As a tribute to the recently passed Wolfgang Petersen, perhaps Netflix would consider streaming the extra-long version of Das Boot (’81), which runs around 300 minutes? Or, failing that, Petersen’s 209-minute “Director’s Cut”?
Wiki Excerpt: “Das Boot was partially financed by German television broadcasters WDR and the SDR, and more footage was filmed than was shown in the theatrical version.
“A version of six 50-minute episodes was transmitted on BBC2 in the United Kingdom in October 1984, and again during the 1999 Christmas season. In February 1985 three 100-minute episodes were broadcast in Germany.
“Peterson then edited a 209-minute version, Das Boot: The Director’s Cut, combining the action sequences from the feature-length version with the character development scenes from the miniseries released to cinemas worldwide in 1997, also improving audio quality.”
Wednesday is being called a comedy-horror series, except it’s not a horror thing at all — it’s dry social satire. Jenna Ortega as Wednesday Addams, the latest in a long line but this time with Tim Burton-level production values and a Burtonesque sense of humor.
Peter Farrelly‘s The Greatest Beer Run Ever (Apple+, 9.30) will have its big debut at the Toronto Film Festival, probably sometime between 9.8 and 9.14, I’m guessing. The trailer is excellent and so is the poster, and I’m suddenly I’m thinking “hey, wait…this might be something.”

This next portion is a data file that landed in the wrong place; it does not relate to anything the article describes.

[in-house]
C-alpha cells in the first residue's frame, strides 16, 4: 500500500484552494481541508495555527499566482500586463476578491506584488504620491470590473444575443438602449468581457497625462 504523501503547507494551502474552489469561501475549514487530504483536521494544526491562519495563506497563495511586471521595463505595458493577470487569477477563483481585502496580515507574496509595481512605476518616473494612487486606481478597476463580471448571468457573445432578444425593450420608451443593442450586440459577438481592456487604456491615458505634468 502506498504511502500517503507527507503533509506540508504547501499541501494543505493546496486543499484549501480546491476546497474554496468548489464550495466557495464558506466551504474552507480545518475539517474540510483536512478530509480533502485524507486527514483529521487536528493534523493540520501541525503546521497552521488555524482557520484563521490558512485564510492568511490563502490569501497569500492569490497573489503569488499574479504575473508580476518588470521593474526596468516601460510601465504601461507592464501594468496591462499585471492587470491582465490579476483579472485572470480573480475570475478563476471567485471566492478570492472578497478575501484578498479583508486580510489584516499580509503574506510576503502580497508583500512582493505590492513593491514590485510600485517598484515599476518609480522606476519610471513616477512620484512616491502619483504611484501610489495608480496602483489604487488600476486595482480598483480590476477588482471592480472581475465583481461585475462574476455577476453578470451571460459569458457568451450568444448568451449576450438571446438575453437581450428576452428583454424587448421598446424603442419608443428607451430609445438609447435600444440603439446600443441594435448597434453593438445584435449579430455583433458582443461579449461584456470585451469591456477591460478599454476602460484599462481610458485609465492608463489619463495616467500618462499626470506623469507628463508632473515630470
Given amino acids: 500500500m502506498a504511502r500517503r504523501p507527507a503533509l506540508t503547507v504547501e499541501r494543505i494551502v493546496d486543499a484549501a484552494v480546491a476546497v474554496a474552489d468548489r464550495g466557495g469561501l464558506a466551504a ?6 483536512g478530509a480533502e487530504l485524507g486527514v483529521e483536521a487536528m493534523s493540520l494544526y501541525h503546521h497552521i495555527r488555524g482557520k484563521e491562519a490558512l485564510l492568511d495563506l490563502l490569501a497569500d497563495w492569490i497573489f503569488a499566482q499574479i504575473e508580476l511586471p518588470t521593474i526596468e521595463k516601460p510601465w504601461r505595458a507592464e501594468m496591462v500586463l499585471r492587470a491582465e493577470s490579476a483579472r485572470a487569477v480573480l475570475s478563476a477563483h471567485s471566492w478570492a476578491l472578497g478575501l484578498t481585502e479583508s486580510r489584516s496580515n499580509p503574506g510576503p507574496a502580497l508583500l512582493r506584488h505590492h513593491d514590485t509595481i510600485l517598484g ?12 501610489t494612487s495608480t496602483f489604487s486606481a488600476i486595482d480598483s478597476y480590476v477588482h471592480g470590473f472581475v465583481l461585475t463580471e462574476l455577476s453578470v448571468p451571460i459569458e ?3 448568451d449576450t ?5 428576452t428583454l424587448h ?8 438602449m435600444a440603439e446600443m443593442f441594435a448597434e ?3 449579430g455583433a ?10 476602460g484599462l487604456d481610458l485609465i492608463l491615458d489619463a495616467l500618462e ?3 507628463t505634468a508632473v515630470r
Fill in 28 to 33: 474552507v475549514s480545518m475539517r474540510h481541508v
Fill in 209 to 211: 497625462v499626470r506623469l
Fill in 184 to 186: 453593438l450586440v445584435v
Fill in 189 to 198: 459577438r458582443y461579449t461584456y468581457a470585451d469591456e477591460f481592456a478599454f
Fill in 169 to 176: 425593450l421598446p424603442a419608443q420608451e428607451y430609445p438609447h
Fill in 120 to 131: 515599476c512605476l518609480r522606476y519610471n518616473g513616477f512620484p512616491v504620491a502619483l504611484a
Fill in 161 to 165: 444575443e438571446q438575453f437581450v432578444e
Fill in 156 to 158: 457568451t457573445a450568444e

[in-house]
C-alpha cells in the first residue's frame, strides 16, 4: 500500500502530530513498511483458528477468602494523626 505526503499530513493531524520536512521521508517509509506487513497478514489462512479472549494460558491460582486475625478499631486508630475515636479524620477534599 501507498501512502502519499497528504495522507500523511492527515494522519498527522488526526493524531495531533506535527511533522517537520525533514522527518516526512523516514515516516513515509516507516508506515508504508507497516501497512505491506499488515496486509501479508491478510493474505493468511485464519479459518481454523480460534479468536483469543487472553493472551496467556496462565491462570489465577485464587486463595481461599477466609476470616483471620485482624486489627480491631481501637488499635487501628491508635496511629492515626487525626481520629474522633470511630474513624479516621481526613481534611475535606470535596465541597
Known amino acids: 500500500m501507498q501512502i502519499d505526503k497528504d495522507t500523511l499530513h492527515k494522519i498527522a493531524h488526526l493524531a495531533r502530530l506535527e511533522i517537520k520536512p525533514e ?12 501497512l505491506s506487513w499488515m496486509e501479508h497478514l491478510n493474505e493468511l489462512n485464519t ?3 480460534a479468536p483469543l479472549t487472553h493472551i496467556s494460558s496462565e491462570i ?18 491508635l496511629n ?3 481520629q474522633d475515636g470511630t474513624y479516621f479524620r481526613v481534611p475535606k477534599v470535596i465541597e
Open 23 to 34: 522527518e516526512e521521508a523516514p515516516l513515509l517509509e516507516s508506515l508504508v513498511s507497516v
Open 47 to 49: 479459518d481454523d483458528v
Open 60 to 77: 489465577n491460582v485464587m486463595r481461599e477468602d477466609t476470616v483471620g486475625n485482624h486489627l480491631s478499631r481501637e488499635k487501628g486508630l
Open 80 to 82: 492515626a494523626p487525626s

We all know that wokester critics are going to be gunning for Farrelly in order to punish him for Green Book having won the 2018 Best Picture Oscar. Somewhere between 96% and 97% of the moviegoing world loved that film (me too) but the wokesters did everything they could to kill it, and so they’re determined to pay Farrelly back. (They’ll deny this, of course.)
We also understand that a film about a New York working-class paleface with a meathead accent travelling thousands of miles to bring beer to his Vietnam War-serving bruhs in ’67 and ’68 is going to be attacked six ways from Sunday…too white, too apolitical and not guilty enough for starters. Or so it would seem, I should say, based on the trailer and to some extent John “Chick” Donohue and Joanna Molloy’s 2020 book.
But you can also tell Farrelly’s film is a grade-A thing — first-rate writing, acting, cinematography, atmosphere, the works — and that slivers of moral ambiguity have been slipped between the story beats.
No, seriously…kidding. Nobody liked it then, and nobody but nobody wants to remember it now. It was force-fed through an elite critic pipeline — you had to watch and respect and damn well vote for Jane Campion as Best Director, and if you weren’t down with this…well, who knew? Perhaps you or your career needed to be reevaluated and perhaps not. But it was safer to go along.
Only now are people allowed to speak candidly.
Roughly two months ago a very early draft of Eric Roth‘s screenplay for Killers of the Flower Moon (dated 2.20.17,...